Friday, 21 June 2013 10:57

The Second Phase of SaaS : Retention, Churn, and the Burn

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Churn

The first phase of SaaS is a land grab. The second phase of SaaS is maximing revenue per customer, and minimizing churn. Customer retention, or churn, is a key metric on the radar of every executive. You simply cannot build a sustainable business without measuring and maintaining an acceptable level of retention. Now what that retention rate is for your business will depend on the industry, but it is important to identify and fix churn issues that are in your control. The cost of acquisition is the leading economic factor in reducing churn. It simply costs more in sales and marketing to bring in a new customer than maintaining and growing the customers you already have.

 

The Economics of Churn

To get $1 of new Annual Contract Value the customer acquisition cost (CAC) is: $0.93 for a new customer $.28 to upsell existing customers $0.16 for a Renewal *based on a survey of Private SaaS companies by Pacific Crest The cumulative effect of a low churn rate can have a significant and immediate effect on available revenue and it doesn’t take long to compound a substantially higher valuation. For this reason churn is a figure scrutinized by venture capitalists. The compounding effects of lower churn rates are customer referrals and a propensity to consume a higher volume of services. A higher retention rate also means a higher predictability of future cash flow streams and less risk for a potential investor. A company with 95% retention could get a multiple of 6.5x while one with 80% retention might get 5x. Once companies get the right accounts, they might be able to say they don’t need any more customers; they need to grow the ones they have. That’s how powerful this customer retention message is.

Retention Before the Sale

Retention starts by selling to the right customers.
  • Review your perfect prospect. As your business evolves your target customer will also change.
  • Adapt marketing and sales initiatives to focus on your ideal prospect. Time and money spent on the wrong prospects does not scale.
  • Your sales process should set and manage expectations of value to guide the customer relationship after the sale. Set up and agree to dates for reviewing the proposed value and targets after implementation

Retention After the Sale

Retention is proving you are still relevant
  • The leading cause of churn is a discrepancy in the customers perceived value
  • You must define and continue to show value under the SaaS agreement because the no software platform makes it less painful for customers to switch

Formation of a Customer Intelligence Team

When do you start attacking churn? Look at salesforce.com they have been throwing money at sales and marketing(2.5-3 times annual revenue) to simply grow big and grow fast. Smaller companies simply cannot afford to get this customer intelligence off of the ground because it does exhibit economies of scale. The more customers you have, the greater the benefit a customer intelligence team can produce. More customers equals more obvious and visible trends in your customer base. You’ve already spent a lot of money gaining insight and knowledge about your prospects in order to make the sale, so it’s important to maintain the continuation of key knowledge. Have you experienced a customer advocate who sponsored your sales team through the buying cycle change roles or leave a company? The customer intelligence team should have a pulse on that situation in order to prepare for customer renewal.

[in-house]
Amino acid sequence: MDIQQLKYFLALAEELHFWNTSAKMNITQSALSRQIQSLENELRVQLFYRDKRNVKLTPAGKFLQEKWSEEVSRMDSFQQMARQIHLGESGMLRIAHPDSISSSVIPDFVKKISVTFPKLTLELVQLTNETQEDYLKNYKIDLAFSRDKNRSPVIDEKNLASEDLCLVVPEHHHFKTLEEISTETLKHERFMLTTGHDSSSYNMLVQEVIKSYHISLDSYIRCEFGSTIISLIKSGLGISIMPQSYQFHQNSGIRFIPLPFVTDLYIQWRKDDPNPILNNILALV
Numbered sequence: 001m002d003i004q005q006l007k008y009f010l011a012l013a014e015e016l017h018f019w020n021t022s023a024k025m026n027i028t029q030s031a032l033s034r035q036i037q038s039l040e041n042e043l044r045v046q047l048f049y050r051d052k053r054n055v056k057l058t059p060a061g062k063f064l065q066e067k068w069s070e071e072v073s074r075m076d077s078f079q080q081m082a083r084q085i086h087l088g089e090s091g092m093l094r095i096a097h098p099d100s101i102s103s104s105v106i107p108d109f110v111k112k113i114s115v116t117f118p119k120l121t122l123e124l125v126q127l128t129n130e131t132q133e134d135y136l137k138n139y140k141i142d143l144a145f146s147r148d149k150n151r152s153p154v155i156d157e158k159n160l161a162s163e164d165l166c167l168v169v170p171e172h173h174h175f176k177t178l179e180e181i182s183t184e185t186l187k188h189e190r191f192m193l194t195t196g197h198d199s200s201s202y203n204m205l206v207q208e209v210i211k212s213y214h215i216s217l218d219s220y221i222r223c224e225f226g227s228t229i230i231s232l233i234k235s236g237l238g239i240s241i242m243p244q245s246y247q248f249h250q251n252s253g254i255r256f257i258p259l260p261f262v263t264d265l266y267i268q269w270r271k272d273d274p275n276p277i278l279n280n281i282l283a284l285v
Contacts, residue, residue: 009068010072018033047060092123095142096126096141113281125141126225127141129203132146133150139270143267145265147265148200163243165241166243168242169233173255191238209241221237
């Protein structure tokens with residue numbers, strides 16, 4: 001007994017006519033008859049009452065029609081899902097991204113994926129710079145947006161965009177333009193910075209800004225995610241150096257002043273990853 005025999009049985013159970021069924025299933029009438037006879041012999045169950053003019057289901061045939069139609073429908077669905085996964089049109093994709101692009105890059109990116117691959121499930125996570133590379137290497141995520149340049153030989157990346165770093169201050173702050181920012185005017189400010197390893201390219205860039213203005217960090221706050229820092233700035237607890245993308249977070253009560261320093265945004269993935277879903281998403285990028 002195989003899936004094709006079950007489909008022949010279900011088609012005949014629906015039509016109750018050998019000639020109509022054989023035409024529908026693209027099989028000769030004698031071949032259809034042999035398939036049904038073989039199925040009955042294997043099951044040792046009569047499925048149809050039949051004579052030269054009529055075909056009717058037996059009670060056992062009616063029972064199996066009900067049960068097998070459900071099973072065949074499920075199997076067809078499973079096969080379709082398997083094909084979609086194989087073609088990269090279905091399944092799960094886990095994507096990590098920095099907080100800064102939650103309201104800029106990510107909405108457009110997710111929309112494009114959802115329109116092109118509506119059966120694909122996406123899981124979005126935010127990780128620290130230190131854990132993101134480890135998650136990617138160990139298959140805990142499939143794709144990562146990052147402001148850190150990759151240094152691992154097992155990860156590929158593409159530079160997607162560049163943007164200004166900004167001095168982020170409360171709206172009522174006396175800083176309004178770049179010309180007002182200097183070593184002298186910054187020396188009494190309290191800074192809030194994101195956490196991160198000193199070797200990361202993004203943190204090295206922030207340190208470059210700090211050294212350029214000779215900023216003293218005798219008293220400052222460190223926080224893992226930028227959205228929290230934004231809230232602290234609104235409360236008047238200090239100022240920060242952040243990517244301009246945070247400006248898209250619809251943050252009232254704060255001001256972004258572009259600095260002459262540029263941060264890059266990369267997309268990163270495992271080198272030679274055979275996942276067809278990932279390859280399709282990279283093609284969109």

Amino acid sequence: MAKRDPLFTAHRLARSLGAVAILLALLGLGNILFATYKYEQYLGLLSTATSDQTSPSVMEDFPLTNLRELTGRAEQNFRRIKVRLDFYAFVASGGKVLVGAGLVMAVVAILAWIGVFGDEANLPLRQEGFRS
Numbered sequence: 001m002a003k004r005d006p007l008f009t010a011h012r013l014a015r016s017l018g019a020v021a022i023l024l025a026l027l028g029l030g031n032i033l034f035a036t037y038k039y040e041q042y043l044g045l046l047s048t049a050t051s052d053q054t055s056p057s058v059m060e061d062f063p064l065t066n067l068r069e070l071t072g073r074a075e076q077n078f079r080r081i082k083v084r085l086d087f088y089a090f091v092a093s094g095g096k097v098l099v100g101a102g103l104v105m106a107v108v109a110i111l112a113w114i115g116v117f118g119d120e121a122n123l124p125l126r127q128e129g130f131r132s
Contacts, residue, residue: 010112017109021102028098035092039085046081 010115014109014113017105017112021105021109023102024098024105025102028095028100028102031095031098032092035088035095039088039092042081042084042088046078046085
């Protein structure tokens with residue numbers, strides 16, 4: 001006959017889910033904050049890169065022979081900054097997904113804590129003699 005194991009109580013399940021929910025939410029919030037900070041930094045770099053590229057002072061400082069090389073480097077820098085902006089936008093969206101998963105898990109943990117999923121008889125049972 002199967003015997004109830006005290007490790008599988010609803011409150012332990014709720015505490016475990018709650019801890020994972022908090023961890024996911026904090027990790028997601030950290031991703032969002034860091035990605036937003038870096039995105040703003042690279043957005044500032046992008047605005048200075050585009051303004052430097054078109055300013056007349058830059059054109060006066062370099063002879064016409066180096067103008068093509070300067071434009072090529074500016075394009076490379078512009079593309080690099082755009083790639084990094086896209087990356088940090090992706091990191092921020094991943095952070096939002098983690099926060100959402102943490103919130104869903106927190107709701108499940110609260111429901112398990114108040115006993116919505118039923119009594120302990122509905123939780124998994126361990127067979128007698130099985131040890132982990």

Become customer centric when you can scale retention efforts
Predicting the likelihood of a customer attrition event

Identifying behavior that precedes customer attrition can help you reduce churn. Measuring engagement or adoption offers insight into the value expectations you set and it’s easy to do. The number one reason why a company won’t buy your solution is indecision because an executive doesn’t believe there people can do it. Before the sale you have to prove that they can and after the sale you have to prove that they are. Measuring engagement or adoption with data analytics can help you confirm and manage adoption. Create signals internally when there is a slow-down in user logins. Slowing login and failure to complete critical tasks in your application is a sure sign of imminent account problems. Even deeper in your application, include monitoring of users who continue to login, but fail to get past certain steps in the process. Use this information to provide helpful hints, additional training, and send the information to your product development team for improvements.

Getting more from accounts

The quickest way to undermine a retention focus is to throw so many bodies at it that it becomes more expensive than your original problem. Instead of 1 person for every 10 accounts you need to be thinking big. Maybe 1 person for every 50 accounts. Utilize positions you already have to eliminate the gaps in account ownership after the sale is completed. A sales team is compensated for hitting sales related metrics, your customer intelligence team should be accountable for specifically reducing churn and maximizing per customer profitability. You also want to form a customer intelligence team that includes some hunters. Traditionally relationship builders are set up to field support questions and concerns, but that is a lagging indicator of problems with your account. With a better grasp on the account after the sale, you have more leverage to appropriately send sales reps who can challenge accounts and discover cross-sell and up-sell opportunities. This closer relationship will also afford the opportunity to possibly develop new products to expand the horizontal offering.